Tag Archives: Jews

Bookishness Roundup

I wrote about whether or not Jewish people feel more anxious than others (they don’t, but don’t they?) (This mommyblog post does not refer to my dissertation, which argued that anxiety = contemporary culture and gimme a cookie. For my feelings.)

I recently enjoyed The Tiger’s Wife. Obreht’s magical realist novel uses the horror of ethnic violence to rip apart all the boundaries: between nations, ethnicities, and religions, between animal and human, between life and death. As editors are legit assigning stories about potential nuclear war not even a fucking year into this administration, it’s worth thinking about the senseless dehumanization of violent tribalism. Also, while I’m no expert in Balkan culture, the novel seemed to conspicuously, uncritically, surprisingly (given its investments) marginalize its Muslim characters.

I coulda written this about how the afterword in The Handmaid’s Tale (a bunch of historibros debating whether or not the account is valid) is the most important part of the book, by reinforcing the sexism that persisted before and after the Gilead period. Gendered knowledge practices delegitimate women’s experiences and silence their voices. But also: Gilead ended. Political eras end.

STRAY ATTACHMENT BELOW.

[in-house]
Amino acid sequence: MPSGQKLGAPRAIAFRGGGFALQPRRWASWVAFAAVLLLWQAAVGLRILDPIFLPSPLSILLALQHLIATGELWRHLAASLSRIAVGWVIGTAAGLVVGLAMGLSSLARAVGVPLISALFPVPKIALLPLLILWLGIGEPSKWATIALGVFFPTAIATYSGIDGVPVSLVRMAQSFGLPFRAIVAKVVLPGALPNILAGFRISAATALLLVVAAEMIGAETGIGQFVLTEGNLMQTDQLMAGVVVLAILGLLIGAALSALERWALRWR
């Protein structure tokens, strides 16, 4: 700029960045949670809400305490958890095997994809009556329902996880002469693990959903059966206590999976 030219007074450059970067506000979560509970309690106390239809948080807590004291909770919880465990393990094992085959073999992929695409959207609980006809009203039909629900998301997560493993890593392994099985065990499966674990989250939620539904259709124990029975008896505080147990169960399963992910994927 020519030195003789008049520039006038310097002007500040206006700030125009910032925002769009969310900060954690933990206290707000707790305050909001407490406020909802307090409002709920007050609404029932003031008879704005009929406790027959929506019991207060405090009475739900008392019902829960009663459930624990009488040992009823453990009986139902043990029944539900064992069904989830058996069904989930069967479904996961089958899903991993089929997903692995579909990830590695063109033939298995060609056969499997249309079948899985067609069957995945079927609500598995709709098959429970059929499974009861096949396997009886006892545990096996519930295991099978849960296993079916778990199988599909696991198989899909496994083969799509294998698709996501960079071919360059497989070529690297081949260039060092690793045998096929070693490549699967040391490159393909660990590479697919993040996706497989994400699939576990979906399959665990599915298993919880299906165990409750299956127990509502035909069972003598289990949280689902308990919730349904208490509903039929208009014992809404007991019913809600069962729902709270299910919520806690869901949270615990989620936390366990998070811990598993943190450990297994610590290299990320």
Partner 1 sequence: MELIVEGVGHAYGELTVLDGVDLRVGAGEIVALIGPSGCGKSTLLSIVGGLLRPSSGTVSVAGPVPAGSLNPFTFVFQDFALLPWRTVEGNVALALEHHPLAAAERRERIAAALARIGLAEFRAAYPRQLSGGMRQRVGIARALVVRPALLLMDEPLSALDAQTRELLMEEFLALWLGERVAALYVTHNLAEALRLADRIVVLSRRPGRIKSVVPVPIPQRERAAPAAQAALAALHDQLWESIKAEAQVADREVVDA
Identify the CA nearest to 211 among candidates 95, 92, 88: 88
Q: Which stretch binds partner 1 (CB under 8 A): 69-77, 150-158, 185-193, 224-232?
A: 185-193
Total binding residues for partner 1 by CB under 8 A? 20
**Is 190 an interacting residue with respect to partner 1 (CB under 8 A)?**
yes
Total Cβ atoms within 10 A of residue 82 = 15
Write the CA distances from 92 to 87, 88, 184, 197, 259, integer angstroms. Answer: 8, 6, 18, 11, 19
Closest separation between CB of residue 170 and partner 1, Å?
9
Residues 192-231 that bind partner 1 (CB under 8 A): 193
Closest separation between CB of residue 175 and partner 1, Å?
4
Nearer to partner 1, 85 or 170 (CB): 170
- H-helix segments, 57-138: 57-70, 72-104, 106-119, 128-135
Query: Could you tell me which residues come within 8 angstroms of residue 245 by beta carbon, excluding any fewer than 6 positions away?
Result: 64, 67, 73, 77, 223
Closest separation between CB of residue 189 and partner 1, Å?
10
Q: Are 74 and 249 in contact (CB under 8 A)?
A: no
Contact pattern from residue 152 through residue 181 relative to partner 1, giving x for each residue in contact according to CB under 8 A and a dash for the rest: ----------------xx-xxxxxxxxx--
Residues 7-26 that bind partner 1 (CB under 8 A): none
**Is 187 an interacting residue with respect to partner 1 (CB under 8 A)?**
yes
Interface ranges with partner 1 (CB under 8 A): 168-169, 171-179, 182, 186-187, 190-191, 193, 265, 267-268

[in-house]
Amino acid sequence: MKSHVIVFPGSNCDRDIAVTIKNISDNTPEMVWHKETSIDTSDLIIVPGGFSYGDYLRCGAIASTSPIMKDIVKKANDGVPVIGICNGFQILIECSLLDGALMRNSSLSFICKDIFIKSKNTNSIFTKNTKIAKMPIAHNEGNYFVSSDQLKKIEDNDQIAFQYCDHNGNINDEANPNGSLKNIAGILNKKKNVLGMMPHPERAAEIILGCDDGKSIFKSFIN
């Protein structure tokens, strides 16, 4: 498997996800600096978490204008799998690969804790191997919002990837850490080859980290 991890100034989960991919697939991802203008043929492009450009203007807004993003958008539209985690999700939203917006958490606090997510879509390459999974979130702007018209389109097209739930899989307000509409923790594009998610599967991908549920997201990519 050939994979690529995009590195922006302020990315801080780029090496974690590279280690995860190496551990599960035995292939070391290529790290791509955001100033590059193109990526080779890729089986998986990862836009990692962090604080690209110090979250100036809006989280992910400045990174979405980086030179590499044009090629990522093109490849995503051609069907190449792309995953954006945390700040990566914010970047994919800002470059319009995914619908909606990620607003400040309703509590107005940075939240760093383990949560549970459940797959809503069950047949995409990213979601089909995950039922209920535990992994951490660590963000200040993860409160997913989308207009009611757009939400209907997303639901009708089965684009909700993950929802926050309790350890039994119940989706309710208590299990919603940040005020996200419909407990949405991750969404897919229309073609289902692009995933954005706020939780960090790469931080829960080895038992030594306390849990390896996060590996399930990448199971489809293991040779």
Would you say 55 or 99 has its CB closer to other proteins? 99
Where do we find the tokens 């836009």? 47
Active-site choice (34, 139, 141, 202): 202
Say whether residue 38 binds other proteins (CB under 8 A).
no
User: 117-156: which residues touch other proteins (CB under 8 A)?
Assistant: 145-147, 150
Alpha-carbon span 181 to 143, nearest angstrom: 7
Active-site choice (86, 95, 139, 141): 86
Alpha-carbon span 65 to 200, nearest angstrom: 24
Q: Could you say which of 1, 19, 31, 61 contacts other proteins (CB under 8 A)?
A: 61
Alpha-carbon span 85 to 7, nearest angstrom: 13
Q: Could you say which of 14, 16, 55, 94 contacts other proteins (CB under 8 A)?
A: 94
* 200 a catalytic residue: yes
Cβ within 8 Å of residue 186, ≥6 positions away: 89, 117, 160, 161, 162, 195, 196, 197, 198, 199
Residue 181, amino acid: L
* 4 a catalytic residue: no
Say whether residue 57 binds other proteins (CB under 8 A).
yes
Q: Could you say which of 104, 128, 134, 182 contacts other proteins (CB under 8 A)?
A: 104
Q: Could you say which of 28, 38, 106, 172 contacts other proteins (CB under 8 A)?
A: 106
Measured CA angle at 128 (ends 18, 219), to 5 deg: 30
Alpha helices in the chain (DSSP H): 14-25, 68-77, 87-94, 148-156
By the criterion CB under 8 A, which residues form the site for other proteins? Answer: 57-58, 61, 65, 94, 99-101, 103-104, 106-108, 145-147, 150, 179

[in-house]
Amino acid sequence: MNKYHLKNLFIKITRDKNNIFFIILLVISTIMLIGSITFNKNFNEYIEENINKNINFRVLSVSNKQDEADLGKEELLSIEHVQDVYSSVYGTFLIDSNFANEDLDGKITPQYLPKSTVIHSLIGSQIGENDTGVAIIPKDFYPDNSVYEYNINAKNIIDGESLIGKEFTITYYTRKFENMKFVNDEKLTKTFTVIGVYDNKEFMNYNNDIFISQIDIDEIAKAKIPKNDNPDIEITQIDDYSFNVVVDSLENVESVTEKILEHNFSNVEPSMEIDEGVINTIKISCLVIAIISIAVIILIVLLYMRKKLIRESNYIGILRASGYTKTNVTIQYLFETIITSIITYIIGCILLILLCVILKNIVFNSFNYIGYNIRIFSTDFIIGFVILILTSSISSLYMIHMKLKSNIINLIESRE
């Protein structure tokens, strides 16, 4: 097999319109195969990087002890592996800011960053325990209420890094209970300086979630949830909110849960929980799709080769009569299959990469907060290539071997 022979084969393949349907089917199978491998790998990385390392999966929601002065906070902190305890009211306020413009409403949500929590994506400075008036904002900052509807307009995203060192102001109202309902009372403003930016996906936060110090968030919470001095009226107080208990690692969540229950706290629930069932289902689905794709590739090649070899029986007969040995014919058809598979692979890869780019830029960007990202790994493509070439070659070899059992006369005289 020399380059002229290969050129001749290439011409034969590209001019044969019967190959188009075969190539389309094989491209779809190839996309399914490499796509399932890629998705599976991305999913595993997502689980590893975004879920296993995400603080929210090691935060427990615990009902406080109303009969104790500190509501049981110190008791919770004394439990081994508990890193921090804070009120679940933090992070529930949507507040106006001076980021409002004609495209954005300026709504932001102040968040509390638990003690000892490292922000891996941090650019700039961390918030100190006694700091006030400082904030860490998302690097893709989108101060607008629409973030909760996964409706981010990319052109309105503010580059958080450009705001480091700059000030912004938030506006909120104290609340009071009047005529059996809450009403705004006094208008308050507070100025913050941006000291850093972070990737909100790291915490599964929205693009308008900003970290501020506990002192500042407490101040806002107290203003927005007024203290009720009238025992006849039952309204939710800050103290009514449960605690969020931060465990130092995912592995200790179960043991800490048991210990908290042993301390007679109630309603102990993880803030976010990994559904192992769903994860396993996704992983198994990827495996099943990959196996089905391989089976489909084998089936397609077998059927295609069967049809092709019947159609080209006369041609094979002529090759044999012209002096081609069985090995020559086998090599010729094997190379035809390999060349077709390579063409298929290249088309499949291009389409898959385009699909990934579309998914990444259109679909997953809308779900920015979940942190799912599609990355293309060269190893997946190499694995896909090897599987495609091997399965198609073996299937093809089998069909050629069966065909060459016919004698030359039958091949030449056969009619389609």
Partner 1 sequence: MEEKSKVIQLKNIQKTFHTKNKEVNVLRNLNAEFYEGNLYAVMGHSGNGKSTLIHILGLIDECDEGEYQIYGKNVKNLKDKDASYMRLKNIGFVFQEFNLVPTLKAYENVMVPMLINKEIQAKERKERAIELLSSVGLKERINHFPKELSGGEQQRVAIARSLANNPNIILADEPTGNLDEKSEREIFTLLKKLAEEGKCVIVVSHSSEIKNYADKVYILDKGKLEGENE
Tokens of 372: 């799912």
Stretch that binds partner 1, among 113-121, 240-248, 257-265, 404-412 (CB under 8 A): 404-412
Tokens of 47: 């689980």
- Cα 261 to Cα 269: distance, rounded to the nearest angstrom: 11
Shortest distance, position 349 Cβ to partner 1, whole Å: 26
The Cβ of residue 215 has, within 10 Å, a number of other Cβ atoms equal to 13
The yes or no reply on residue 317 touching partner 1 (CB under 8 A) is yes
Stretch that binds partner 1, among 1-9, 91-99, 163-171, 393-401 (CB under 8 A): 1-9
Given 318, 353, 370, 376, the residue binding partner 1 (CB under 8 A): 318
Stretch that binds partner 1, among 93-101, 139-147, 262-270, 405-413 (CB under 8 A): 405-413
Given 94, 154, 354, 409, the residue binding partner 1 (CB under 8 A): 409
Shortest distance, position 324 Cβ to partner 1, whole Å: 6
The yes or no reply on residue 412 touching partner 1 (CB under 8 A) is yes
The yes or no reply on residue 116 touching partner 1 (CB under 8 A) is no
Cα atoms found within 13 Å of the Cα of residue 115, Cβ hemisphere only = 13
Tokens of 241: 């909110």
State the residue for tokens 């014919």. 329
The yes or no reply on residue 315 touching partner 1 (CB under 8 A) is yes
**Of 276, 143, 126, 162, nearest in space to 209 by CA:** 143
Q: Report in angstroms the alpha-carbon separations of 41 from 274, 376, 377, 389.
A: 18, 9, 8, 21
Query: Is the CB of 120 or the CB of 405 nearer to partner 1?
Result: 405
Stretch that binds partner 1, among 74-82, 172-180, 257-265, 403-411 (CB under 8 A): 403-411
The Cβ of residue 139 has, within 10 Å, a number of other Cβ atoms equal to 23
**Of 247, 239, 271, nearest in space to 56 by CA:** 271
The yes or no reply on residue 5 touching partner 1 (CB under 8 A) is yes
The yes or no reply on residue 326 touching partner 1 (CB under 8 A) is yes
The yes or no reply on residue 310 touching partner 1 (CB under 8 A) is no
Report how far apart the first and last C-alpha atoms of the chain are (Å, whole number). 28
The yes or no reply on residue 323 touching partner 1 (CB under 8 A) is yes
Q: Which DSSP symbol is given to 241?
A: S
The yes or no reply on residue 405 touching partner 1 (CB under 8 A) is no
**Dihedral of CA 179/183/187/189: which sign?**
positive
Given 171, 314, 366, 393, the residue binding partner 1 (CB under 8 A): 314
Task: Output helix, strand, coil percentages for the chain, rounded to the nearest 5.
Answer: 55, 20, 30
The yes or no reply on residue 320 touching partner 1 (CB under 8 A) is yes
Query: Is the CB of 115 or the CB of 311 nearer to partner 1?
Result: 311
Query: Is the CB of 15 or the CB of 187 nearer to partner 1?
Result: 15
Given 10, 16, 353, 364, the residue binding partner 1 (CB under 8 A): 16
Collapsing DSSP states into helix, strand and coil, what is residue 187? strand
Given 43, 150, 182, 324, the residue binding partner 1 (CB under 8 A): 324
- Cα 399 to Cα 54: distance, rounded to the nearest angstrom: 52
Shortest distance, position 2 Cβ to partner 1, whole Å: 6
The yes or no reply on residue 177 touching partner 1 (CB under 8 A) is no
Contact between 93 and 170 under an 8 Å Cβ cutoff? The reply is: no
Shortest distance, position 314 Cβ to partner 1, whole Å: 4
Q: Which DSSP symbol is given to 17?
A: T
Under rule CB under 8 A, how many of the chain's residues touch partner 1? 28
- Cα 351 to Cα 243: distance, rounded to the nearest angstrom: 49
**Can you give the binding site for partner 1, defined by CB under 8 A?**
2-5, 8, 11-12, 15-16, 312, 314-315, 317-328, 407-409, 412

This story of Kathy Acker’s last year breaks my heart.

“Surrounded by friends, she began to stop breathing, intermittently. She asked Viegener to look for the list. What list?

The list to call the animals. Kathy, we didn’t make a list. It’s the list to call the animals back home.”

 

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TV Schizophrenia (#MadMen)

In 1961, Thomas Szasz crystalized a particular kind of countercultural trope: the “mentally ill” genius. His The Myth of Mental Illness asserted that people can be “disabled by life.” That one sensitive to the absurdities and senselessness of life may appear mentally ill, but really tells Truth in a hostile society.

By now it’s trite: Sherlock Holmes, House, the lady in Homeland. Hannah Horvath. Gonzo.

No one’s crying about the dude in One Flew Over the Cuckoo’s Nest anymore.

But Peggy cried about Michael Ginsberg.

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